Where Activism Meets Architecture

David FoxArchitecture professor David Fox works at the crossroads of economic empowerment, environmental activism and architecture.

He’s involved in several sustainable housing developments in low-income—and often high-crime—neighborhoods throughout the state. His most recent projects are in Chattanooga and Clarksville, Tenn.

While he concentrates on making design and building processes as environmentally friendly as possible, Fox is equally passionate about helping the disadvantaged.

Building Homes"Homeowner equity is a great bootstrap for getting people out of poverty," he says. "If you combine this with designing and building green, you change the community and ultimately the state."

Whenever possible, Fox engages local community members to be a part of the process.

In Chattanooga, he and his architecture students participate in UPSIDE (Urban Program in Sustainable Design Education), a housing project aimed at bringing long-term economic sustainability to neighborhoods in need of revitalization.

As part of UPSIDE, Fox’s team collaborated with high school students from the Howard School of Academics and Technology in Chattanooga to design and build homes in the Alton Park neighborhood, a run-down area near the school.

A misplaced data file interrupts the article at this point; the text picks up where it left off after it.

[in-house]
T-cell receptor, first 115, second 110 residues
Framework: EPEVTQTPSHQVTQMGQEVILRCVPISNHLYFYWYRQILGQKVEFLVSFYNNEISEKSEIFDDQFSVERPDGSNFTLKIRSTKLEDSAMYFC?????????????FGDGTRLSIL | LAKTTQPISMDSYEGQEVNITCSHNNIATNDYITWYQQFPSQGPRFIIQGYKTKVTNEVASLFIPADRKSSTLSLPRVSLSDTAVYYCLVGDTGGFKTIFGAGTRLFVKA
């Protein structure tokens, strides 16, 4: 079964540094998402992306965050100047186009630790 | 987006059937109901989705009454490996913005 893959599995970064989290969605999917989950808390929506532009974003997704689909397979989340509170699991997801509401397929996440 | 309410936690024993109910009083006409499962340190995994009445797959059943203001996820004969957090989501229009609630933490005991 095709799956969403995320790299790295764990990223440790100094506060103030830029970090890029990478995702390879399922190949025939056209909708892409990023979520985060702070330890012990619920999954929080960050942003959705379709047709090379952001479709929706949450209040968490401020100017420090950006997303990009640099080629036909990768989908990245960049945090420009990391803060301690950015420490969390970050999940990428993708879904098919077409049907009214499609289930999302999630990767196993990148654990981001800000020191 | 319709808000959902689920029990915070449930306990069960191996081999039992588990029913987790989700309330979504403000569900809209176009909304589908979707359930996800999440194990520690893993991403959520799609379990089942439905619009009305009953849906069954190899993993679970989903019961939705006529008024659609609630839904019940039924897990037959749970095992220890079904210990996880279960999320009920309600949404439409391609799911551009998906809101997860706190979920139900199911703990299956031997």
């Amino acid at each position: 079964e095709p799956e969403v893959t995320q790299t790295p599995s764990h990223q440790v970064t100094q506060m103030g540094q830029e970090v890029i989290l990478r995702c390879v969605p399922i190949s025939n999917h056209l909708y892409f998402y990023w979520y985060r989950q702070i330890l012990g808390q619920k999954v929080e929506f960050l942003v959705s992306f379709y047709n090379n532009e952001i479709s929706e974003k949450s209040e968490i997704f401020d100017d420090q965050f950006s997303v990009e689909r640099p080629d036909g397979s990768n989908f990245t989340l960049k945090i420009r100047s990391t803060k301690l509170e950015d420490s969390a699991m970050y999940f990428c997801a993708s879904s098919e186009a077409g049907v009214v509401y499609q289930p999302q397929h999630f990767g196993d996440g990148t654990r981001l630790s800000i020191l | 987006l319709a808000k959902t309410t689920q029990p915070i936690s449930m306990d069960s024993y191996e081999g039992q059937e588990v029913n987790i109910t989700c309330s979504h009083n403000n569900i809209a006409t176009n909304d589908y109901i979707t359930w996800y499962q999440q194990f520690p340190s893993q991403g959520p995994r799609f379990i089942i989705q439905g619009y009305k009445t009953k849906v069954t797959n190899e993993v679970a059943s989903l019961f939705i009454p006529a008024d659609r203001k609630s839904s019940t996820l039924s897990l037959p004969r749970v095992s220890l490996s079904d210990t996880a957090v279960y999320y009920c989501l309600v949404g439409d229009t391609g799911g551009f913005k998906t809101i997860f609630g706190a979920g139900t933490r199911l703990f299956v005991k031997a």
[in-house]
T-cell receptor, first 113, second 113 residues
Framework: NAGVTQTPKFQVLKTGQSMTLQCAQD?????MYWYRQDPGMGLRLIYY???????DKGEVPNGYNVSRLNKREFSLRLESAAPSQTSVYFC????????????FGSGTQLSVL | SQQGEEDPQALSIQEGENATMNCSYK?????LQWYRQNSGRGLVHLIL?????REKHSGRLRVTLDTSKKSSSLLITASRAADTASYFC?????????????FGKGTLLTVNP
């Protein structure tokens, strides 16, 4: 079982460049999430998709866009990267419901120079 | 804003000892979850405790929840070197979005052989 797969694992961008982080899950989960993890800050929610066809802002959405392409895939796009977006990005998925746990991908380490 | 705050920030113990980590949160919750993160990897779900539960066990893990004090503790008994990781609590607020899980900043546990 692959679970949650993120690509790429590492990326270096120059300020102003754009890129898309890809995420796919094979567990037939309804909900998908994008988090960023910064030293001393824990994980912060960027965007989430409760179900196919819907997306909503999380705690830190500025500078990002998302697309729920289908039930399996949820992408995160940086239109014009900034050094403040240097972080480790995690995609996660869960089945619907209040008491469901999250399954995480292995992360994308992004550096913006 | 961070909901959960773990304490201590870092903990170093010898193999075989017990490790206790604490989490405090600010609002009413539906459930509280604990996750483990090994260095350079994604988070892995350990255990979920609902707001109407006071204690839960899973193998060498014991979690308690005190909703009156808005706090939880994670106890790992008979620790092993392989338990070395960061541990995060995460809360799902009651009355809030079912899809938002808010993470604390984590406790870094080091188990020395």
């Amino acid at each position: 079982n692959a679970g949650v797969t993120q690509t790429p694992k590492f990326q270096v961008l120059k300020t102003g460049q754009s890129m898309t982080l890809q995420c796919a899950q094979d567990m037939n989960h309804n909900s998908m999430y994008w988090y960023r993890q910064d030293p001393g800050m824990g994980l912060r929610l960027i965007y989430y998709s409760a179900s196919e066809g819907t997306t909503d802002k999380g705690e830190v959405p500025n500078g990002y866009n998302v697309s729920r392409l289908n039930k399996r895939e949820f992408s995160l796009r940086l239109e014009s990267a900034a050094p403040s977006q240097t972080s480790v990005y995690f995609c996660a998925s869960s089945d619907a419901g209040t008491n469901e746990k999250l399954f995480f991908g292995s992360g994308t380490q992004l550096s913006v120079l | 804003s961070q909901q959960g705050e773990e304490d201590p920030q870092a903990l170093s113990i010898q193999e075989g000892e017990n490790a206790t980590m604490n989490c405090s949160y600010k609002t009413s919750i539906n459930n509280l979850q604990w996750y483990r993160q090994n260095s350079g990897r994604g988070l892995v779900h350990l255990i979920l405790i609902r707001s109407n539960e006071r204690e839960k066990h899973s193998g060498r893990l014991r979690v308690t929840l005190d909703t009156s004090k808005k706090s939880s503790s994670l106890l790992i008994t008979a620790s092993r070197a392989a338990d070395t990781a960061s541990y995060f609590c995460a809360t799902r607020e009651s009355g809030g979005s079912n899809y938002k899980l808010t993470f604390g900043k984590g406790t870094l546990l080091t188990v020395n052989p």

Working TogetherSo far, Howard students have helped design and build two energy-efficient, affordable homes.

"The fact that these students get to be a part of making their community a safer and better place is empowering," he says.

Fox contends that beyond building housing, UPSIDE is building wealth for the community at large and for the individuals who occupy the newly constructed homes. He wants to create homes that will appreciate in value.

"When you take people of limited means and put them in a nice home, you can change their lives and the community," he says.

In the same spirit, Fox got involved in a community revitalization project in Clarksville.

New HomesWorking with Clarksville firm Clark & Associates Architects Inc., Fox’s architecture students used innovative environmental site strategies and energy-efficient solutions. Construction begins this summer on affordable "smart" housing units for the crime-ridden New Providence neighborhood. The units are intended for low-income residents purchasing their first homes.

Fox hopes to collaborate soon with Austin-East High School in Knoxville. Using the Chattanooga project as a basic model, he thinks the time has come to incorporate architecture and the study of design fundamentals into the high school curriculum. His ultimate vision: one day to include large numbers of area high school students in community revitalization projects in and around Knoxville.

These projects, Fox says, "engage communities, educate our youth and prove that every individual has the power to make Tennessee a better place to live."

David Fox received his Master of Architecture from Cranbrook Academy of Art in Michigan and has taught in the College of Architecture and Design for seventeen years.

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